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Delta Air Lines is reducing how much seats will recline on some planes

Airbus A320
Delta Air Lines is testing whether reducing the recline of passenger seats on its fleet of A320s will help protect the personal space of fliers. The amount of recline is being reduced about two inches on all seats of 62 planes.
(Shawn Davie/ Delta Air Lines)

Next time you board a Delta Air Lines flight and try to stretch out and relax, you may find your seat won’t recline as much as before.

The Atlanta carrier is reducing the recline on all seats on its entire A320 fleet in a test to see if limiting how much your seat will lean back into the personal space of the flier behind you will make the flight more enjoyable for everyone.

Although other airlines have restricted seat recline to squeeze more seats into each plane, Delta said the test is not intended to do that.

“Delta has no plans to add seats or reduce space between rows with this test,” Delta spokeswoman Savannah Huddleston said. “It’s all about protecting customers’ personal space and minimizing disruptions to multitasking in-flight.”

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Delta flies 62 A320 planes, about 7% of its fleet of about 900 planes. The A320 is primarily used on short- and medium-haul flights of one or two hours, according to the carrier.

Seats in the main cabin section and Delta Comfort Plus section previously reclined 4 inches but during the test will recline only 2 inches. Seats in the first-class section previously reclined 5.4 inches, but that will be reduced to 3.5 inches as part of the test. The legroom between seats won’t change.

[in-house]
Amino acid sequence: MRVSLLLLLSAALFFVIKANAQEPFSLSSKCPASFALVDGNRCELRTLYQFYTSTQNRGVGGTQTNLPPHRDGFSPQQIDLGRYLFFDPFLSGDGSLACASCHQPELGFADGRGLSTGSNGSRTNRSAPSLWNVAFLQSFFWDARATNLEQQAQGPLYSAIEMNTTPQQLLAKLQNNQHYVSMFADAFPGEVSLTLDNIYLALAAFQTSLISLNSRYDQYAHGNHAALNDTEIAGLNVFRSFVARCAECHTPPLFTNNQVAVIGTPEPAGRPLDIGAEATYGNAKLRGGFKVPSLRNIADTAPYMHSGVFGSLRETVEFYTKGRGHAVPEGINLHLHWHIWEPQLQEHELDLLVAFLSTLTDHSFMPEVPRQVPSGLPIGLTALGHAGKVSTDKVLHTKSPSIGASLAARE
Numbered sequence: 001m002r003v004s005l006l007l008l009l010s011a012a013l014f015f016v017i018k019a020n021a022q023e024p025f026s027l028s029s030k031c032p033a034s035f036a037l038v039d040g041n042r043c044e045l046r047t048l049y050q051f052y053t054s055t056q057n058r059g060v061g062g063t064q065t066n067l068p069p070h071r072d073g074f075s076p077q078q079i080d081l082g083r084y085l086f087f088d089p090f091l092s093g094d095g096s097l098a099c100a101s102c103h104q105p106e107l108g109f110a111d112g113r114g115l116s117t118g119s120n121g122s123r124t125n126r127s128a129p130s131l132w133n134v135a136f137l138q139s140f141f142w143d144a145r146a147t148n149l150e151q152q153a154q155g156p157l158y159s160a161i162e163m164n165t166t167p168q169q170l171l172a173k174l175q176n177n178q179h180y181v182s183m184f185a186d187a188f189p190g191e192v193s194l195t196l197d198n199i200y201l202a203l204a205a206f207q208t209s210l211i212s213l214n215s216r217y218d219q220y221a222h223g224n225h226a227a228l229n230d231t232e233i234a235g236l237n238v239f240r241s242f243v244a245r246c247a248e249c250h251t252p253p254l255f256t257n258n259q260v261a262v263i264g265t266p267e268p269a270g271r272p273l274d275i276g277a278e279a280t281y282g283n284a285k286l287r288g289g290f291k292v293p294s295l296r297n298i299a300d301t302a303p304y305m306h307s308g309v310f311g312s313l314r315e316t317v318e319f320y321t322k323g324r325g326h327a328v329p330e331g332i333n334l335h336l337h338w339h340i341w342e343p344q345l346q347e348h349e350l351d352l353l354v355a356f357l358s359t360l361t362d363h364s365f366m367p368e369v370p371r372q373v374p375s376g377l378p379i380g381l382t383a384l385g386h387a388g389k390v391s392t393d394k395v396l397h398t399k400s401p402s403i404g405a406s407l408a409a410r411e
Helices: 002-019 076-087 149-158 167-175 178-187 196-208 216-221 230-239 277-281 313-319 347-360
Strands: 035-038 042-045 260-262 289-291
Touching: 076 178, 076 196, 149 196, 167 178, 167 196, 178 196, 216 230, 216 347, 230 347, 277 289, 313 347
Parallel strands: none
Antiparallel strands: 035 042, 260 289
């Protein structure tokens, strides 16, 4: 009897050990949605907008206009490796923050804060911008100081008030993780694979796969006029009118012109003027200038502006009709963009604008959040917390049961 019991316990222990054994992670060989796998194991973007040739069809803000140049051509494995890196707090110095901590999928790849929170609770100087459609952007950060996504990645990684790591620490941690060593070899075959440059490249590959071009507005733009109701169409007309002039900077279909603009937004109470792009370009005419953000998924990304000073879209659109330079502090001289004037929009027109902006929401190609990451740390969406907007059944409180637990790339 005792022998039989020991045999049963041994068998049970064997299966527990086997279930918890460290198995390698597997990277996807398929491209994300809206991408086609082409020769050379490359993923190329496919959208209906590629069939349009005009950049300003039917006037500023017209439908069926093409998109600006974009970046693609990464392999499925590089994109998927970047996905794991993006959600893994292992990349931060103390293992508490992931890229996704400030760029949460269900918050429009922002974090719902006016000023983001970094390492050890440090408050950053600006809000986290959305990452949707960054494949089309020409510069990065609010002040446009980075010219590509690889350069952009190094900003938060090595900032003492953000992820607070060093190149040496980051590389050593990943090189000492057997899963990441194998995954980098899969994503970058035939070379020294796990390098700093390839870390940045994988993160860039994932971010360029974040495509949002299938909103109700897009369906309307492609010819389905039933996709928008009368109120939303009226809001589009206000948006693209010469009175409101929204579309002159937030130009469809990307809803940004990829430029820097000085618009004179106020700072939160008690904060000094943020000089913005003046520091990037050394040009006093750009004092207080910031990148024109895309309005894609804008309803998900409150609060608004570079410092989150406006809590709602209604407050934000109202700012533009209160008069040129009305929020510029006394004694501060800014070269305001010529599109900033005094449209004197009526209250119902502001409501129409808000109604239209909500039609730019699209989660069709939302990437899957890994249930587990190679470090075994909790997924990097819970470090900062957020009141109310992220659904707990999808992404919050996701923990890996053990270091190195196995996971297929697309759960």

The test was not prompted by any complaint or incident, Huddleston said, adding that the airline has not discussed whether to expand the test to other planes in the fleet. It will take the airline about two months to reduce the recline on the seats of all the A320 planes, she said.

Reclining seats were the subject of at least three disputes and scuffles on planes in 2014, including two that forced flights to divert to nearby airports.

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The onboard feuds came after airlines began squeezing seats closer together to fit more passengers into each plane and maximize profits. With seats closer together, a reclining seat is more likely to get into another passenger’s personal space.

One entrepreneur even took advantage of the industry trend by inventing a device that prevents airline seats from reclining into the lap of the flier behind it. But his device was the subject of a onboard tiff in 2014 that forced a United Airlines flight from Newark, N.J., to Denver to divert to Chicago.

In 2010, Spirit Airlines introduced “pre-reclined” seats that are already reclined 3 inches and cannot be adjusted beyond that. Spirit said the airline was able to fit 33 more passengers in the “pre-reclined” seats in the airline’s Airbus A320 than in an older Airbus model with conventional reclining seats.

hugo.martin@latimes.com

To read more about the travel and tourism industries, follow @hugomartin on Twitter.


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